Thus, using a Brazilian sample of long-term treated schizophrenic outpatients, we have described a lack of association between the response to typical antipsychotics and Ser9Gly polymorphism of the DRD3 gene.

Although this polymorphism has been intensively studied, the results still remain inconclusive today. In a review paper, Scharfetter6 indicated a trend of association between the Gly9 allele and better response to antipsychotic treatment in general. However, a meta-analysis performed by Jönsson et al.7 found an interesting pattern of association, showing that in studies involving patients who were treated with atypical antipsychotics, the Gly9 allele was more frequently reported to be associated with good response and, in studies that included patients receiving typical antipsychotics, the Ser9 allele seemed to be correlated with better treatment response. These results were confirmed recently by Szekeres et al.,8 who found that the Ser9 allele and Ser9/Ser9 genotype were more frequent in non-responding schizophrenic patients using atypical antipsychotics (clozapine, olanzapine, quetiapine and risperidone). However these results may be due to the fact that the patients treated, especially those using clozapine (an atypical antipsychotic), were mainly recruited from among former non-responders to typical antipsychotics. Therefore, in this selected subgroup, the Gly9 allele favored better response. This situation may be a source of bias in the hypothesized pattern of association between the different types of antipsychotics and Ser9Gly polymorphism of the DRD3 gene.9 The fact is that the Gly9 allele of the DRD3 gene may be associated with the response to clozapine but, in studies in which the choice of antipsychotics is not restricted, the role of this polymorphism is unclear.10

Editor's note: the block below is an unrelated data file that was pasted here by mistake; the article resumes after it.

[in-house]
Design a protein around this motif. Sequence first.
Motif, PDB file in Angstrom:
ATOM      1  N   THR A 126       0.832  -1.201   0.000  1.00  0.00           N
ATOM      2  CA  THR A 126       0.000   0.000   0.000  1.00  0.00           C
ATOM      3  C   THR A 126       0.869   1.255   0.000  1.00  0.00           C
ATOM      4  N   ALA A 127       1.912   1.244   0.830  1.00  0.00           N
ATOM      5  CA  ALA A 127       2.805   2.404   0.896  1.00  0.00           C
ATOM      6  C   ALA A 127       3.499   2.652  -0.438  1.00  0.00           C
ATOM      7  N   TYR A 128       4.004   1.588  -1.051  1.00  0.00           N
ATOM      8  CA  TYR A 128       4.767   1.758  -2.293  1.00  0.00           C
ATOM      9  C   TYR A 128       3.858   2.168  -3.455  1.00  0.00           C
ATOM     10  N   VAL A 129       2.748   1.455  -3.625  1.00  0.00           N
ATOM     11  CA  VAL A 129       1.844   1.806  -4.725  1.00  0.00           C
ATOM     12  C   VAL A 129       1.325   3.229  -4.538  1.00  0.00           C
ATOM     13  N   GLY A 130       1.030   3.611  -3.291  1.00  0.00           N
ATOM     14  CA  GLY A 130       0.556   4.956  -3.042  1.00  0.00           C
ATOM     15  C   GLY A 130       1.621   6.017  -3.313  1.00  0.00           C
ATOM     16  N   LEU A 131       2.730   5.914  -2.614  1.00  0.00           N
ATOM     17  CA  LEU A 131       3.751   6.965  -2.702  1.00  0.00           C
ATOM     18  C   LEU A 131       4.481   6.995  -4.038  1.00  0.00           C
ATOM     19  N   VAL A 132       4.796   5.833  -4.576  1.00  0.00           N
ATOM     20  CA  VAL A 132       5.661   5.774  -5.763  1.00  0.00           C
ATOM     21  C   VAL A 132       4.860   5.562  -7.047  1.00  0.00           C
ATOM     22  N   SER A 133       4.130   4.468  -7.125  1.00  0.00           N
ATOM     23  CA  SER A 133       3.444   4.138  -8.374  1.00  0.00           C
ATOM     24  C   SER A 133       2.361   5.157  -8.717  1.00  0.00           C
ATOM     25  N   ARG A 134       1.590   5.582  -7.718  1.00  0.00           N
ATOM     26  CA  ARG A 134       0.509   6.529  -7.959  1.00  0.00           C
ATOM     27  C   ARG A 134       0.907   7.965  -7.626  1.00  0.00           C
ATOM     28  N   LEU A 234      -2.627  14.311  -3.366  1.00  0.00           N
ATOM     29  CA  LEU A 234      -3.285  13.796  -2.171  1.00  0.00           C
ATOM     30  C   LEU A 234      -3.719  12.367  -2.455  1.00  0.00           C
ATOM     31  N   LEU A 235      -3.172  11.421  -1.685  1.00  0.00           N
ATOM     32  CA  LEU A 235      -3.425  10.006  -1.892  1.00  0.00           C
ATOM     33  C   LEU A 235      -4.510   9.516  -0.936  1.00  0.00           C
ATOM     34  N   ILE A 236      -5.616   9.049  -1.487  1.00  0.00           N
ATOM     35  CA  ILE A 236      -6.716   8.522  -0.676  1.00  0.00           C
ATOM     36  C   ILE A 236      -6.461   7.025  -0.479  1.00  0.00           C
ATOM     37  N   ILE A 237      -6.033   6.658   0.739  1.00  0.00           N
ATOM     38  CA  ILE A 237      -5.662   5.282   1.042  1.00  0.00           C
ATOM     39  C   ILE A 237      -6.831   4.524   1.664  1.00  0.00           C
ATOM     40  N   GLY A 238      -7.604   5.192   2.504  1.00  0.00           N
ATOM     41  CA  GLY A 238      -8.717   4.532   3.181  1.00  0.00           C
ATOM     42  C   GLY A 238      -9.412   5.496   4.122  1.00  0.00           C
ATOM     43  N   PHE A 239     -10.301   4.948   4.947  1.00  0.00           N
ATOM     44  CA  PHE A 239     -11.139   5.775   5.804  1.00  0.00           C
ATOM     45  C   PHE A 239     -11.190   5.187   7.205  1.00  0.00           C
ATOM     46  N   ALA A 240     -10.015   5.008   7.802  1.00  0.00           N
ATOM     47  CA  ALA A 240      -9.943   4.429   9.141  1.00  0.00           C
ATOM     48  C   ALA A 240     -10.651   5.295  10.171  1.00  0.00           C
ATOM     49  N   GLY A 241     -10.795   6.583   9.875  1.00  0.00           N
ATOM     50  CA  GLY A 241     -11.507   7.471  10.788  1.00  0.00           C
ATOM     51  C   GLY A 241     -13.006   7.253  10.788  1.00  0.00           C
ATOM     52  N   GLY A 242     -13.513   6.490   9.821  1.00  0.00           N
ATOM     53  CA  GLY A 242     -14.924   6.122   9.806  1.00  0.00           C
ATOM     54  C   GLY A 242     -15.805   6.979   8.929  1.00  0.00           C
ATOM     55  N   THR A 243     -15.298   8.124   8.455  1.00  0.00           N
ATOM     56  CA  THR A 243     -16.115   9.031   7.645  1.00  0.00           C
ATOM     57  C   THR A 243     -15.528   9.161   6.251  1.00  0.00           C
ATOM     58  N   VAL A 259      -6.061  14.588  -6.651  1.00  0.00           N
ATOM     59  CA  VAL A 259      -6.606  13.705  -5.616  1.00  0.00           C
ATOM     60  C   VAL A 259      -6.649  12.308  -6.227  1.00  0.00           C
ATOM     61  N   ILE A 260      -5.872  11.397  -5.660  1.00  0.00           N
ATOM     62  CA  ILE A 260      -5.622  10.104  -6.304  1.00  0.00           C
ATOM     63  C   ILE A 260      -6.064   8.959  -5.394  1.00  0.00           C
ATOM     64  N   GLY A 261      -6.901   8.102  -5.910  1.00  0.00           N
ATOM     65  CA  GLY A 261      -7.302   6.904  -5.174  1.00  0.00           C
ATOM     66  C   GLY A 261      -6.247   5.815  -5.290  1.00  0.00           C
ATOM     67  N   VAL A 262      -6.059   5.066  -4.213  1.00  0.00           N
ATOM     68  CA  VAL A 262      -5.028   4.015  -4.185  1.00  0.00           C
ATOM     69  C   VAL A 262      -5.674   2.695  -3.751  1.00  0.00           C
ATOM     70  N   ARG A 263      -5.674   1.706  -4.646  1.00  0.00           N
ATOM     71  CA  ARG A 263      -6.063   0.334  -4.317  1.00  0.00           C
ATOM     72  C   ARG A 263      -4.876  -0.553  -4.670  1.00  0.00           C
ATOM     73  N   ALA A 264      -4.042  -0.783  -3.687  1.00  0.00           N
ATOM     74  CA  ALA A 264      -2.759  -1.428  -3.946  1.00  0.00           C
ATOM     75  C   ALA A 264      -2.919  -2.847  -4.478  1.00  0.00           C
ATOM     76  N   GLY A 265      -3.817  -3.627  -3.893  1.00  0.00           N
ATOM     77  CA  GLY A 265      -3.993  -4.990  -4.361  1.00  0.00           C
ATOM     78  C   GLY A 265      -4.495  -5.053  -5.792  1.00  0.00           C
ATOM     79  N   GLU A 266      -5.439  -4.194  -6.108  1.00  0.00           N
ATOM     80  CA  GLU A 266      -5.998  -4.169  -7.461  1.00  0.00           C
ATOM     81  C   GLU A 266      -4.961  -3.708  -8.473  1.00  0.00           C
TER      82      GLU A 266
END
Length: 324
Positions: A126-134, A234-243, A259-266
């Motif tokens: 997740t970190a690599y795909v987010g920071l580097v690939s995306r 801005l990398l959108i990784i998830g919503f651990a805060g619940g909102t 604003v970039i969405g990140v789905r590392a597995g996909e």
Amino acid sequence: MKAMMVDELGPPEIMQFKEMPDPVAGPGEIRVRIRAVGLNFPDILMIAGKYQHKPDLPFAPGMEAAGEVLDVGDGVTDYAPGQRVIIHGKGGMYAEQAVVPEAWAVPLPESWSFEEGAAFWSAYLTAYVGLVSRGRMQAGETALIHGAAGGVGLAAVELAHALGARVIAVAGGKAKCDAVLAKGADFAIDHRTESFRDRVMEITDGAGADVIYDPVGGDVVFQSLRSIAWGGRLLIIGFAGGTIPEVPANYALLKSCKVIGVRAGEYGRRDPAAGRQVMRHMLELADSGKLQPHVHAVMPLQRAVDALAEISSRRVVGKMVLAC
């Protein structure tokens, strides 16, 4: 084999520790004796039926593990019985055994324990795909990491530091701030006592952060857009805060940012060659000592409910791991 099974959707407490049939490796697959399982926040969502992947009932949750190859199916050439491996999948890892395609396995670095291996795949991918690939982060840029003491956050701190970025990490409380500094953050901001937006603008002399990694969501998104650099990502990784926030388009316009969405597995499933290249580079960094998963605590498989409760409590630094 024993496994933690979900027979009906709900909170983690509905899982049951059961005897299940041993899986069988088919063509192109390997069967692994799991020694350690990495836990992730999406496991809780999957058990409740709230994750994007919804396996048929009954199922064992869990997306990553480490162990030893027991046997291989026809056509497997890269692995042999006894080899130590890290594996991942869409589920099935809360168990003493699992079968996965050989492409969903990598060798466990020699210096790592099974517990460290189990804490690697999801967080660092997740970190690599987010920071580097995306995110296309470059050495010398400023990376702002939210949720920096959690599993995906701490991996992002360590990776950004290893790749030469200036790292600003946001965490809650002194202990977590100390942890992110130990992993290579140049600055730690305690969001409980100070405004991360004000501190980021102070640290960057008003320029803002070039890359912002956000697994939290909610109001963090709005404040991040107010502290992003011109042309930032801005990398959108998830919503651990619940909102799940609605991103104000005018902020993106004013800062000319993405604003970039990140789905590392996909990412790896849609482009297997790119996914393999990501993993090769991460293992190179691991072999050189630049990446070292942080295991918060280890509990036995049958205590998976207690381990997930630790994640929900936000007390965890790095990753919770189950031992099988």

We are aware of methodological weaknesses in our investigation: specifically, the retrospective definition of drug response, the use of more than one typical antipsychotic in the patients and the possibility of population stratification. However, even though retrospective, we believe that the analysis of response based on Kane’s criteria4 is robust because of the long period of treatment on typical drugs (at least five years). The fact that patients were given a variety of typical drugs is unlikely to be a confounding factor, since their primary mechanism of action is similar. The blood levels of the antipsychotic drugs used by the patients were not assessed, but the fact that the patients had undergone long-term treatment with these drugs in our outpatient units diminishes the chance of noncompliance detection.

In conclusion, the results from our work do not support the hypothesis that Ser9Gly polymorphism of the DRD3 gene influences the response to typical antipsychotics, in our Brazilian sample of patients with schizophrenia. However, further studies will be needed in order to elucidate this issue, especially studies involving large samples, such as meta-analysis investigations, with the aim of providing psychiatrists with a biological rationale for targeted antipsychotic treatment.11

 

REFERENCES

1. Meltzer HY. Treatment-resistant schizophrenia-the role of clozapine. Curr Med Res Opin. 1997;14(1):1-20.        [ Links ]

2. Collier DA. Pharmacogenetics in psychosis. Drug News Perspect. 2003;16(3):159-65.        [ Links ]

3. Gupta S, Jain S, Brahmachari SK, Kukreti R. Pharmacogenomics: a path to predictive medicine for schizophrenia. Pharmacogenomics. 2006;7(1):31-47.        [ Links ]

4. Kane J, Honigfeld G, Singer J, Meltzer H. Clozapine for the treatment-resistant schizophrenic. A double-blind comparison with chlorpromazine. Arch Gen Psychiatry. 1988;45(9):789-96.        [ Links ]